Plates Versus Selectivity: An Emerging Issue With Complex Samples

August 1, 2012
Fred E. Regnier

LCGC North America

LCGC North America, LCGC North America-08-01-2012, Volume 30, Issue 8
Page Number: 622–623

Smaller particles, increasingly clever ways to overcome mass transfer limitations, further reductions in plate height, shorter separation times, higher pressure, and enhanced peak capacity dominate thinking in the high performance liquid chromatography (HPLC) community today. For healthcare applications, however, we need to think differently about how to improve analytical separations.

Smaller particles, increasingly clever ways to overcome mass transfer limitations, further reductions in plate height, shorter separation times, higher pressure, and enhanced peak capacity dominate thinking in the high performance liquid chromatography (HPLC) community today. For healthcare applications, however, we need to think differently about how to improve analytical separations.

Background

Assessing wellness, diagnosing and staging disease progression, and monitoring the efficacy of drugs through the analysis of biomarkers is stimulating great excitement today; it is driven primarily by people who invest heavily in health-related technology as a form of insurance. Insurance that they can bring their badly abused bodies to the medical community and have them repaired sufficiently to provide many more years of blissful existence.

The fact that in any one test the number of biomarkers being measured is relatively small suggests that developing chromatographic analyses for them should be a simple task. As Csaba Horváth explained with the introduction of reversed-phase chromatography, organic molecules are made up of –CH– or equivalent hydrophobic groups that partition with hydrophobic surfaces. Consequently, reversed-phase chromatography is an almost universal form of LC. Most organic substances, except the most hydrophilic, bind to an octadecylsilane stationary phase. Resolving 50 biomarkers in blood samples with the current generation of reversed-phase columns would seem straightforward. We know that because reversed-phase chromatography has been used in determining blood levels of drugs for years.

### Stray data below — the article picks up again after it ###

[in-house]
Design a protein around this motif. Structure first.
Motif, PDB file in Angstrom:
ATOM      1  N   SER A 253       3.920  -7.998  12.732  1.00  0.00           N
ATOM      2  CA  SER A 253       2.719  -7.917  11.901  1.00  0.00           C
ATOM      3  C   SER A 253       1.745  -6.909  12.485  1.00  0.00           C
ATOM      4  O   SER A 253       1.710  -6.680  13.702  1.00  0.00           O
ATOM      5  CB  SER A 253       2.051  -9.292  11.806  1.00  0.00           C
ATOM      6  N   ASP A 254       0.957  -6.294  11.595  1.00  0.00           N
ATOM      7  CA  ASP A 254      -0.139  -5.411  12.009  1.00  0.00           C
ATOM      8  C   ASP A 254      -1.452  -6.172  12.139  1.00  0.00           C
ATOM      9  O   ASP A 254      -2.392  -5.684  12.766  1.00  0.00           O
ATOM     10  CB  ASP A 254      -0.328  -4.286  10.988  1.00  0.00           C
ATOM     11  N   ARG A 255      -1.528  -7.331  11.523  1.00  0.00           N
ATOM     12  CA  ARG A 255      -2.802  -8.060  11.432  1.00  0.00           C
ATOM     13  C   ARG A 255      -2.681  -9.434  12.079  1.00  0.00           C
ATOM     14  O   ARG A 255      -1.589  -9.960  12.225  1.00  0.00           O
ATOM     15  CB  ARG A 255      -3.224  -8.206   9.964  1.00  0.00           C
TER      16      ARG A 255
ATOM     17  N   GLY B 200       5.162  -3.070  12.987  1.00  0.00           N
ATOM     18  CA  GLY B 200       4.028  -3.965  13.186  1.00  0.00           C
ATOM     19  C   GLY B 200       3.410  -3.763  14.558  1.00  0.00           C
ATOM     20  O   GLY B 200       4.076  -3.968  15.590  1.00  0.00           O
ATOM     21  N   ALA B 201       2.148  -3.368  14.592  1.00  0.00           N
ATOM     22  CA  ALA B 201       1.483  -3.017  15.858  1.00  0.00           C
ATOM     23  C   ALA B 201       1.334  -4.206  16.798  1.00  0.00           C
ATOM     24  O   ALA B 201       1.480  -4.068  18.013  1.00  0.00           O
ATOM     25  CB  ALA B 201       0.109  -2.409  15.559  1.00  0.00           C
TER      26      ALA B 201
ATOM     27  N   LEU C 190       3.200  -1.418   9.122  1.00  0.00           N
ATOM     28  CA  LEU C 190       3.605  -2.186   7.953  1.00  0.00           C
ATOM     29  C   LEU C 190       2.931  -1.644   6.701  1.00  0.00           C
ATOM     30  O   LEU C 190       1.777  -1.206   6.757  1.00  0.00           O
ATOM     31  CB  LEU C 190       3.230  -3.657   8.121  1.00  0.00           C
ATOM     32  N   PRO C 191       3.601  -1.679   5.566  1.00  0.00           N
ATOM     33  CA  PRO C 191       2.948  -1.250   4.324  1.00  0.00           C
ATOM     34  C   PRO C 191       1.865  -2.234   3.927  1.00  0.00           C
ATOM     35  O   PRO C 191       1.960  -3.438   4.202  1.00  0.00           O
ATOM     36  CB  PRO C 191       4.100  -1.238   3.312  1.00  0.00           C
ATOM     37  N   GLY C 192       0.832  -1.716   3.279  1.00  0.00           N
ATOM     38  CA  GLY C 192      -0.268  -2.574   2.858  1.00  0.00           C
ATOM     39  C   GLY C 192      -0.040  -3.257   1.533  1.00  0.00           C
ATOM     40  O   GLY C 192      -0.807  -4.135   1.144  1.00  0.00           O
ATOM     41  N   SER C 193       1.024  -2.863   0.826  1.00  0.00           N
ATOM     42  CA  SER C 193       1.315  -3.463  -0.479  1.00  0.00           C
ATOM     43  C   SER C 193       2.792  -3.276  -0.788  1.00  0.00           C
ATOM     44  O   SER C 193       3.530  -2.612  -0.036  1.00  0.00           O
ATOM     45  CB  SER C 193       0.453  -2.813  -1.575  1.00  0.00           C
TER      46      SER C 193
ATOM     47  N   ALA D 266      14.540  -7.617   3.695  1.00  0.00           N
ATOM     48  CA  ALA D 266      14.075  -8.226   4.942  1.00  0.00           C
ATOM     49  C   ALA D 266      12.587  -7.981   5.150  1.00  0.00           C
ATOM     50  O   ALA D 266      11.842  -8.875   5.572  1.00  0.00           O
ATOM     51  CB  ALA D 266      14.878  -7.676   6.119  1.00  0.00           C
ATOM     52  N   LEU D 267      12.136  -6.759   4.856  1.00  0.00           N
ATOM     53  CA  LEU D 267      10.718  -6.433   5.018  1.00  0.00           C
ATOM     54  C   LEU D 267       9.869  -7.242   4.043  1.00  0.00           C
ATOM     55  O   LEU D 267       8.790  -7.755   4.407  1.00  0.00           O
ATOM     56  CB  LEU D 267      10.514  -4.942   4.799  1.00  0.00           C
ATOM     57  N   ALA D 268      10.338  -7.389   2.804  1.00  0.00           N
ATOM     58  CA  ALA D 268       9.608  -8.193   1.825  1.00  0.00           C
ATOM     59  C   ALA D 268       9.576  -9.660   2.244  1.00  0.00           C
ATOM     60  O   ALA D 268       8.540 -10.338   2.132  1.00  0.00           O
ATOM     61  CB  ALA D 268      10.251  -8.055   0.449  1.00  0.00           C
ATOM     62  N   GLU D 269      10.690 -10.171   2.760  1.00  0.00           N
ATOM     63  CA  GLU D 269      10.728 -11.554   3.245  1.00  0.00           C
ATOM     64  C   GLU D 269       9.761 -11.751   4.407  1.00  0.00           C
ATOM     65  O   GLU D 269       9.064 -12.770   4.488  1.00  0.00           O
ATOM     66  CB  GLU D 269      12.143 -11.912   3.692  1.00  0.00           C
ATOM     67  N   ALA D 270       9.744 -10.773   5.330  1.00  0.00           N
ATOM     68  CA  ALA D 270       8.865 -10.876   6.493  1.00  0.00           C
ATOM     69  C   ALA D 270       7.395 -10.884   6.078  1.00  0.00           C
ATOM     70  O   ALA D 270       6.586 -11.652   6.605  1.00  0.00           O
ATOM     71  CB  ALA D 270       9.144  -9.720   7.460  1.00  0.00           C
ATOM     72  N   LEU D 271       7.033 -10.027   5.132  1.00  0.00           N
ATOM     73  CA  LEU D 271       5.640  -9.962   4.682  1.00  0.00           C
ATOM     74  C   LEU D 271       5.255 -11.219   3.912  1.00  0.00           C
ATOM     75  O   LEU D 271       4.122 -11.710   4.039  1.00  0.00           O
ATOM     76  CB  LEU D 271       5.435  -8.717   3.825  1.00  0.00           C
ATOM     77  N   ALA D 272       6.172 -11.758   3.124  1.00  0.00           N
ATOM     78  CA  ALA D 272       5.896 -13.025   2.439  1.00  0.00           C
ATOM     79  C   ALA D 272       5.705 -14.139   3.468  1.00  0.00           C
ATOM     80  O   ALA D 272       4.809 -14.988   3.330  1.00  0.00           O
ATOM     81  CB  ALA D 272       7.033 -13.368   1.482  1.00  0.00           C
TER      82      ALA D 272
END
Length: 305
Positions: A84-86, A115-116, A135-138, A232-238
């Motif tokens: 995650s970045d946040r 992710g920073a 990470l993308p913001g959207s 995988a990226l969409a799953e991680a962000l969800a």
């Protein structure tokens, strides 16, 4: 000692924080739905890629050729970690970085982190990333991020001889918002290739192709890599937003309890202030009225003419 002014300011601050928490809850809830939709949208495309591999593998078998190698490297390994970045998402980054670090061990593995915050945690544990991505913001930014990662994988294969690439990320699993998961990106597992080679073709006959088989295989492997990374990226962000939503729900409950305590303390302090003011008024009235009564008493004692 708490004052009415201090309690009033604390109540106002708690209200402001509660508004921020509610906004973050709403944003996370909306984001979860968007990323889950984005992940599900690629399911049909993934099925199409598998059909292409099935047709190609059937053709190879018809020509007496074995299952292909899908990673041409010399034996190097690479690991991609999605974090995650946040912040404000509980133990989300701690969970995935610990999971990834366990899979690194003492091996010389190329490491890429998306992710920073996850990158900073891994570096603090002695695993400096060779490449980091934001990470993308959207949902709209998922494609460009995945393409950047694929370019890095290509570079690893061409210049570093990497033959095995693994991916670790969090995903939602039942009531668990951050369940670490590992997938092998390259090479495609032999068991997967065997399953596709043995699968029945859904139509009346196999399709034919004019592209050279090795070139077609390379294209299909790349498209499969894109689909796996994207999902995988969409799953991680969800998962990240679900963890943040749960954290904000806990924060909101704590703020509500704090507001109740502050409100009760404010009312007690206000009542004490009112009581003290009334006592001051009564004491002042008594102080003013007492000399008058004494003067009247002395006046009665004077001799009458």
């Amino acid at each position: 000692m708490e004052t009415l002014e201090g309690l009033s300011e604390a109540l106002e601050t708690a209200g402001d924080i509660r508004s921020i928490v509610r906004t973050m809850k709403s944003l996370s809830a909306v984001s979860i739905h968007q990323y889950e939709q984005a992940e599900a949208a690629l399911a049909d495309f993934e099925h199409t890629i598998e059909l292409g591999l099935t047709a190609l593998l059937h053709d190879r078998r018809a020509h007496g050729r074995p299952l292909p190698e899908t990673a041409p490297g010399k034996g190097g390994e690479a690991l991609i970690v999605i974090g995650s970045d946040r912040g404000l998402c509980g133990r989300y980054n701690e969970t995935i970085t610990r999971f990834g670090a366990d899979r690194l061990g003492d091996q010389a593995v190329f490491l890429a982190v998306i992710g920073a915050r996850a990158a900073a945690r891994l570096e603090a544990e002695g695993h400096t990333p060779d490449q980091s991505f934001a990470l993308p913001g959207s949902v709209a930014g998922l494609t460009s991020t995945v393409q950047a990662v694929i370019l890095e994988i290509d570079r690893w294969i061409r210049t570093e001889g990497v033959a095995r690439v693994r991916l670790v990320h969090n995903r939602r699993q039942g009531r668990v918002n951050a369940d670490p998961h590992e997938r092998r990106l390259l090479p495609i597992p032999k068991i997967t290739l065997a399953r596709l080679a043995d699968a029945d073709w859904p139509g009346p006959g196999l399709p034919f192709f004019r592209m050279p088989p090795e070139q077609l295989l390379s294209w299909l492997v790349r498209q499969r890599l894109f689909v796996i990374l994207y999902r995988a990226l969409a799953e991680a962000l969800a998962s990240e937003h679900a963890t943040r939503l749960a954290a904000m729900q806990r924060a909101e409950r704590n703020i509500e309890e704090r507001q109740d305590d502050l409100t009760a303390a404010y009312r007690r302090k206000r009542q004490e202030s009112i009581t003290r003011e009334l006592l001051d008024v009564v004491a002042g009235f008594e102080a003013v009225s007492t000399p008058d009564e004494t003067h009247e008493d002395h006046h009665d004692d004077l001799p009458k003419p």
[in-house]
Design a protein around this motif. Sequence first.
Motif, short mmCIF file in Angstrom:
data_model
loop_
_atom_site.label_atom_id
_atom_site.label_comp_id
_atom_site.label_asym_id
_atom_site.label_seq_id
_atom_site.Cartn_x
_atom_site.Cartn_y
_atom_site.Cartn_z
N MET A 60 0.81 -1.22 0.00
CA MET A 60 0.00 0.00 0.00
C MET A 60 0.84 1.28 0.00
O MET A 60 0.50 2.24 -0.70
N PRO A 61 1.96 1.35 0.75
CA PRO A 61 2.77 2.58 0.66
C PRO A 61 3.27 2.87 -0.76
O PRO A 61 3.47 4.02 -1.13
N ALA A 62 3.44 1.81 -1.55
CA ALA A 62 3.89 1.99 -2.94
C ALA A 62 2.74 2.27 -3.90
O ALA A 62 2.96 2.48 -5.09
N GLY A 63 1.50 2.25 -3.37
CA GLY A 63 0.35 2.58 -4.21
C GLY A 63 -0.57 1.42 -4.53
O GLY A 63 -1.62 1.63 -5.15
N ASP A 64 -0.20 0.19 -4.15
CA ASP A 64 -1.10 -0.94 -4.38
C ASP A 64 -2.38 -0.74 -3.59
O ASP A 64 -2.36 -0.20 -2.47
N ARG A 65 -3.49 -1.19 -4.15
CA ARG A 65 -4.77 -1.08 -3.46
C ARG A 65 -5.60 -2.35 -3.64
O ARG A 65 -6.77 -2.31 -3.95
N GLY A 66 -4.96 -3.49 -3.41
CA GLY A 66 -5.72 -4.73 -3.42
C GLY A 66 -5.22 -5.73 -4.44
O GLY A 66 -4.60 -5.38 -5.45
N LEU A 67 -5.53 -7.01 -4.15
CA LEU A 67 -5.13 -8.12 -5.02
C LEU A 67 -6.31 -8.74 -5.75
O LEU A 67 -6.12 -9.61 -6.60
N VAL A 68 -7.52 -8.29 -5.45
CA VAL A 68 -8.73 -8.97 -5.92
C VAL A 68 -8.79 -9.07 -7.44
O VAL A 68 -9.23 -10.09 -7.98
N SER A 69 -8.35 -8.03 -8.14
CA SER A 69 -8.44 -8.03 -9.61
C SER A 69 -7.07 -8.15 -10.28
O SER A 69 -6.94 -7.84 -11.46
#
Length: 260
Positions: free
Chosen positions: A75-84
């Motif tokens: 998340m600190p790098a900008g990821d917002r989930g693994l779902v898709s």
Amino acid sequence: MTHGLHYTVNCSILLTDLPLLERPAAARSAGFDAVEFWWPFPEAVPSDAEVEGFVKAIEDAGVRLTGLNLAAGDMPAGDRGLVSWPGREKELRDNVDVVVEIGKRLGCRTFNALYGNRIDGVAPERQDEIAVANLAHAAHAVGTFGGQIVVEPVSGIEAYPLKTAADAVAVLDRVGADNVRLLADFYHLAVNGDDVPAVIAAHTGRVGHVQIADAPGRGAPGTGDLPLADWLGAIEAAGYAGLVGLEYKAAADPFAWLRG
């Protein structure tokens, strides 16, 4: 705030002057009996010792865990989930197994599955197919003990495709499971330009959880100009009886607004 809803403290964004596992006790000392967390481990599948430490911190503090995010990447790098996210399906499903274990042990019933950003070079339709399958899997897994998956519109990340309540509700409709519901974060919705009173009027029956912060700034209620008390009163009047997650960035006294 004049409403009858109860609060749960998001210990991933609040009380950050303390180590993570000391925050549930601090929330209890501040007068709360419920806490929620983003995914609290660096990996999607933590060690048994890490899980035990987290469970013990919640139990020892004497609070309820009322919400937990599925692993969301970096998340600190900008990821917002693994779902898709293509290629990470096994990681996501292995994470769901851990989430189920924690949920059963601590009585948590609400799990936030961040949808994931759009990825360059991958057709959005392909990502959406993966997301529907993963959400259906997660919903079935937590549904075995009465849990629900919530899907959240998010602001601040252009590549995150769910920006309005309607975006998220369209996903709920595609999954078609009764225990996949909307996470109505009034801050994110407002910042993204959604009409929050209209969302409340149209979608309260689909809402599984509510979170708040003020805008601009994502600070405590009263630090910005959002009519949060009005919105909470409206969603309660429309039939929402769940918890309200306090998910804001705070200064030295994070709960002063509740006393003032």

The Selectivity Issue

But there are problems with reversed-phase chromatography, hydrophilic interaction liquid chromatography (HILIC), ion-exchange chromatography (IEC), and capillary electrokinetic chromatography (CEC) relative to cell lysates and blood samples that are not seen in drug monitoring. Drugs could be analyzed in blood because they were generally the most abundant analytes. We ignored all the other things; they were in the noise. That is not the case with biomarkers. They frequently have to be detected in a background of 104 –106 other components of comparable concentration that also partition with the stationary phase. The partition coefficients of many species will be very similar, or identical, to those of the biomarkers being targeted. You cannot resolve million-component mixtures with current chromatography columns having a peak capacity of a few hundred, or even a thousand. Reversed-phase chromatography and other separation modes such as HILIC, hydrophobic interaction chromatography (HIC), IEC, CEC, and capillary electrophoresis (CE) have a selectivity problem; too many types of molecules are being selected from complex mixtures for analysis. It shouldn't be necessary to select and resolve 1 million components to recognize and quantify fewer than 100 biomarkers. But how can we target small numbers of analytes that specifically?

Structure-Based Selection

Perhaps the solution to this dilemma is to target structure instead of general properties of molecules, especially in those cases where we know a set of molecules will be analyzed thousands to millions of time, as is the case with diagnostic markers. We know it is possible to select molecular species on the basis of structure because the immune system identifies foreign organisms by making protein antibodies that target structural features of the invaders. Substrate recognition, hormone reception, metabolite transport, and regulation of transcription are other functions of proteins that involve their ability to identify specific structural features of molecules, even to a stereospecific level. A single substrate, metabolite, hormone, or toxin is identified within milliseconds by protein receptors in a background of thousands of very similar species, and in all cases, without a million-step partitioning process to differentiate between species.